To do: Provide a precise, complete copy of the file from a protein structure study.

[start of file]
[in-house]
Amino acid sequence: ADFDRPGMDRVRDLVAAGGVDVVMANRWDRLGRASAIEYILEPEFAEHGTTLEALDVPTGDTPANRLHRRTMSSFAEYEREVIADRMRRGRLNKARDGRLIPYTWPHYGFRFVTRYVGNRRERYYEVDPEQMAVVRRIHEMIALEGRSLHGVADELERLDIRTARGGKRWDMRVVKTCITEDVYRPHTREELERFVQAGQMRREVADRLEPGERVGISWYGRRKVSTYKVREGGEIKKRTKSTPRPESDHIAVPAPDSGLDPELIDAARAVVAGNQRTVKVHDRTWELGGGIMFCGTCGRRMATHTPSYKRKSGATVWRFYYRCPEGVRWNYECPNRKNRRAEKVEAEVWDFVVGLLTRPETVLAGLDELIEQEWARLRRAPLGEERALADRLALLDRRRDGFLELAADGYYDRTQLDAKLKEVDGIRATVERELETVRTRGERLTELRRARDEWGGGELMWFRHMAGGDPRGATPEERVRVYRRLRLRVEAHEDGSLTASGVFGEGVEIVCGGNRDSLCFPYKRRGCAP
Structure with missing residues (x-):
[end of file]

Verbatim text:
[in-house]
Amino acid sequence: ADFDRPGMDRVRDLVAAGGVDVVMANRWDRLGRASAIEYILEPEFAEHGTTLEALDVPTGDTPANRLHRRTMSSFAEYEREVIADRMRRGRLNKARDGRLIPYTWPHYGFRFVTRYVGNRRERYYEVDPEQMAVVRRIHEMIALEGRSLHGVADELERLDIRTARGGKRWDMRVVKTCITEDVYRPHTREELERFVQAGQMRREVADRLEPGERVGISWYGRRKVSTYKVREGGEIKKRTKSTPRPESDHIAVPAPDSGLDPELIDAARAVVAGNQRTVKVHDRTWELGGGIMFCGTCGRRMATHTPSYKRKSGATVWRFYYRCPEGVRWNYECPNRKNRRAEKVEAEVWDFVVGLLTRPETVLAGLDELIEQEWARLRRAPLGEERALADRLALLDRRRDGFLELAADGYYDRTQLDAKLKEVDGIRATVERELETVRTRGERLTELRRARDEWGGGELMWFRHMAGGDPRGATPEERVRVYRRLRLRVEAHEDGSLTASGVFGEGVEIVCGGNRDSLCFPYKRRGCAP
Structure with missing residues (x-):